Tata chiefs revealed last year that a production version of the Pixel would make it to Europe instead of the proposed European version of the Tata Nano.
The Megapixel “is the result of the progress we have made on the Pixel”, according to Tata India’s managing director, Prakash Telang.
While a conventional three-cylinder turbodiesel engine powered the Pixel, the Megapixel is driven by four electric motors, one mounted in each wheel. They are powered by a 13kWh lithium-ion phosphate battery pack that helps give the Megapixel an all-electric range of 54 miles. The batteries can be recharged using an induction charging system.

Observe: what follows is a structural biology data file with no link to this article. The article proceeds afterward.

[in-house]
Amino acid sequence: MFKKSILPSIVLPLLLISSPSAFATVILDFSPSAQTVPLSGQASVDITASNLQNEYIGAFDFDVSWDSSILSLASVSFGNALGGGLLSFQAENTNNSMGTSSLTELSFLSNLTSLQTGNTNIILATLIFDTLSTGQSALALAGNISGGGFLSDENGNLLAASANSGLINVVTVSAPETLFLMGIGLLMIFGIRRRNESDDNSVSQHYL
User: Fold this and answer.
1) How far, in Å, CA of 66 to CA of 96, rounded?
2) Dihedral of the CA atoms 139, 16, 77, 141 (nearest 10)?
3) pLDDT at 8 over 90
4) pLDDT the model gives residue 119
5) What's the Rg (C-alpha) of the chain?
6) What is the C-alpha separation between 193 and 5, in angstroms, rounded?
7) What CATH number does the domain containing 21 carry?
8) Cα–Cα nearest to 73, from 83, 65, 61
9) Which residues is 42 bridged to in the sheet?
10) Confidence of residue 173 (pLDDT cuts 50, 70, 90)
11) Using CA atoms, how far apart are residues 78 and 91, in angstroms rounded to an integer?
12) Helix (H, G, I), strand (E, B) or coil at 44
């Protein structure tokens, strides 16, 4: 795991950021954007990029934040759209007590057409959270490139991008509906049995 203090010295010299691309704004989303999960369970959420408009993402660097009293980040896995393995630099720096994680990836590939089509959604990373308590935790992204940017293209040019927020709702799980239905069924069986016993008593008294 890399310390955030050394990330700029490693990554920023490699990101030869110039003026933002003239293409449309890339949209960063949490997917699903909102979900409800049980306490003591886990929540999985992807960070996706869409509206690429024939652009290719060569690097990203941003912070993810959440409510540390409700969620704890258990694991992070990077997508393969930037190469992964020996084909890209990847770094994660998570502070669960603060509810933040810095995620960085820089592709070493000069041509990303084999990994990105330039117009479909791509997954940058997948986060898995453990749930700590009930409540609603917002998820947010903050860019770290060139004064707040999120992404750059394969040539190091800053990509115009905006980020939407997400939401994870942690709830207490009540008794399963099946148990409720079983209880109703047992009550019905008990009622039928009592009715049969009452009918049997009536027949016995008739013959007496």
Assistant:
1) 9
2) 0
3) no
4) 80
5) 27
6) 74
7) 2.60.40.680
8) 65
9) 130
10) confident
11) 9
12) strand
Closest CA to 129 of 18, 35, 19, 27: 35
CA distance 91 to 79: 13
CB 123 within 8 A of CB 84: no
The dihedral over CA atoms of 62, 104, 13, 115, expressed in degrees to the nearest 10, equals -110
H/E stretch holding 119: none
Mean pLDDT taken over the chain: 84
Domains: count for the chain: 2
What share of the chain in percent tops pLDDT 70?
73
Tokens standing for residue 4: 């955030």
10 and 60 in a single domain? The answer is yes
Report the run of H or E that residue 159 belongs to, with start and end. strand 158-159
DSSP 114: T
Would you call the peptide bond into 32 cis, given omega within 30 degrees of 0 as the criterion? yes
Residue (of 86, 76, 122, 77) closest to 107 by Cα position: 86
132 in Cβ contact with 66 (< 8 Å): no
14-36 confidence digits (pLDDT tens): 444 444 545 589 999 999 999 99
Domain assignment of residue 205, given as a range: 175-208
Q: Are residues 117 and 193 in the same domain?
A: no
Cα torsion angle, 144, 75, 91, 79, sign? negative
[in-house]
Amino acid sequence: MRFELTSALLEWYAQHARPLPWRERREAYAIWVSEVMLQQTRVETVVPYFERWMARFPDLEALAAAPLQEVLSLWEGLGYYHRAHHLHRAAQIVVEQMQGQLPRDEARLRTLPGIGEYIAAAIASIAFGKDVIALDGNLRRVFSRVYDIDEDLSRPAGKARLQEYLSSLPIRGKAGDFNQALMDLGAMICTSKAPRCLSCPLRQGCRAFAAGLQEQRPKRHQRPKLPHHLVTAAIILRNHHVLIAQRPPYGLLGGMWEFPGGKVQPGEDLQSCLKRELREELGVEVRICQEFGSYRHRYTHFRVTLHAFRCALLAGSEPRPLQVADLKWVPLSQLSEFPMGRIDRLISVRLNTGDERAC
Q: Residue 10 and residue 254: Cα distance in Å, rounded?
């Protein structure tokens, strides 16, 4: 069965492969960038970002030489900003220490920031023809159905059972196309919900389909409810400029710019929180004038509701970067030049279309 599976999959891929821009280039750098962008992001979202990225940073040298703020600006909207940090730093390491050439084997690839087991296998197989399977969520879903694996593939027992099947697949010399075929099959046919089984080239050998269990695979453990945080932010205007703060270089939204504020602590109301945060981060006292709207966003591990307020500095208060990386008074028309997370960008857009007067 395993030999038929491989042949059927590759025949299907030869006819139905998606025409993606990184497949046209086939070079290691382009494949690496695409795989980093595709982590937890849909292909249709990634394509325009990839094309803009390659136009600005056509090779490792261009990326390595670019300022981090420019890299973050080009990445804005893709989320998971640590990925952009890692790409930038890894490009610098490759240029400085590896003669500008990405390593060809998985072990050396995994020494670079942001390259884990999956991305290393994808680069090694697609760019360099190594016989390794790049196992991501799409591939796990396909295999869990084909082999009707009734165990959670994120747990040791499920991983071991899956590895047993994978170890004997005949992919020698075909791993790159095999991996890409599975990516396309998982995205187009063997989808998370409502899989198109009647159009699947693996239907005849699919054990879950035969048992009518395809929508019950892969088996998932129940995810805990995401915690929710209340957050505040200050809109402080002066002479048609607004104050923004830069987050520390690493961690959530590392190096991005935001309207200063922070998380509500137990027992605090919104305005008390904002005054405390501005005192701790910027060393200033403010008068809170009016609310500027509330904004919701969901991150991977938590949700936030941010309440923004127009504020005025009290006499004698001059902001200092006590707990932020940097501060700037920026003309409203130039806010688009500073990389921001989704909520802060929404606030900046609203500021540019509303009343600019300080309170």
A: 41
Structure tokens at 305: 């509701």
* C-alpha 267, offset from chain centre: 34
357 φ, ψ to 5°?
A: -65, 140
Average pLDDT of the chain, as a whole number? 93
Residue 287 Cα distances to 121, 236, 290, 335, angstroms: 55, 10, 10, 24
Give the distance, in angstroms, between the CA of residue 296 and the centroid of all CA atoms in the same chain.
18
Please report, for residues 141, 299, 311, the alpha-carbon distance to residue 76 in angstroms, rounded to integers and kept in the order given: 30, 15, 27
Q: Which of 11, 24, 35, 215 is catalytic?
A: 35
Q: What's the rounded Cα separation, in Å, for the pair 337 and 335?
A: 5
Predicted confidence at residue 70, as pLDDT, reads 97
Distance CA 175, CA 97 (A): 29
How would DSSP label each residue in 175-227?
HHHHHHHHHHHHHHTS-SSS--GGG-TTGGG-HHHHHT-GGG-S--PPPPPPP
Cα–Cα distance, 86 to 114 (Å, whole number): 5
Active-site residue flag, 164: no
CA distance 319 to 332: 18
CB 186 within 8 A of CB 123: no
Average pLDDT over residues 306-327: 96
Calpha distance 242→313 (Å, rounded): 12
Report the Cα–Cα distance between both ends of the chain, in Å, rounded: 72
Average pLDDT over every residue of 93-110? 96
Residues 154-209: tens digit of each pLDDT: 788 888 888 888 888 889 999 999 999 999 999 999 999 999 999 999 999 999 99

When electric power is depleted, a tiny 30bhp 325cc single cylinder petrol generator kicks in to extend the range up to “over 559 miles”. It can reach a maximum speed of 68mph.
One of the Pixel’s most impressive features was its turning circle of just 5.2 metres. Despite the Megapixel’s more complex drivetrain, the turning circle is a still-impressive 5.6 metres. A Hackney Carriage’s turning circle is 7.6 metres.
While the fundamental design of the Megapixel looks more production ready than before, some more elaborate concept car features are incorporated. The Megapixel – which also previews Tata’s future design language – features double sliding doors on each side to boost cabin access.
The absence of B-pillars results in a spacious, easily accessible four-seat cabin, which boasts even more space in the floor areas as the seats are cantilevered on the centre tunnel.
A smartphone can be mounted and full integrated into the front cabin, and a large touchscreen sits in the centre console to control the interior’s major functions.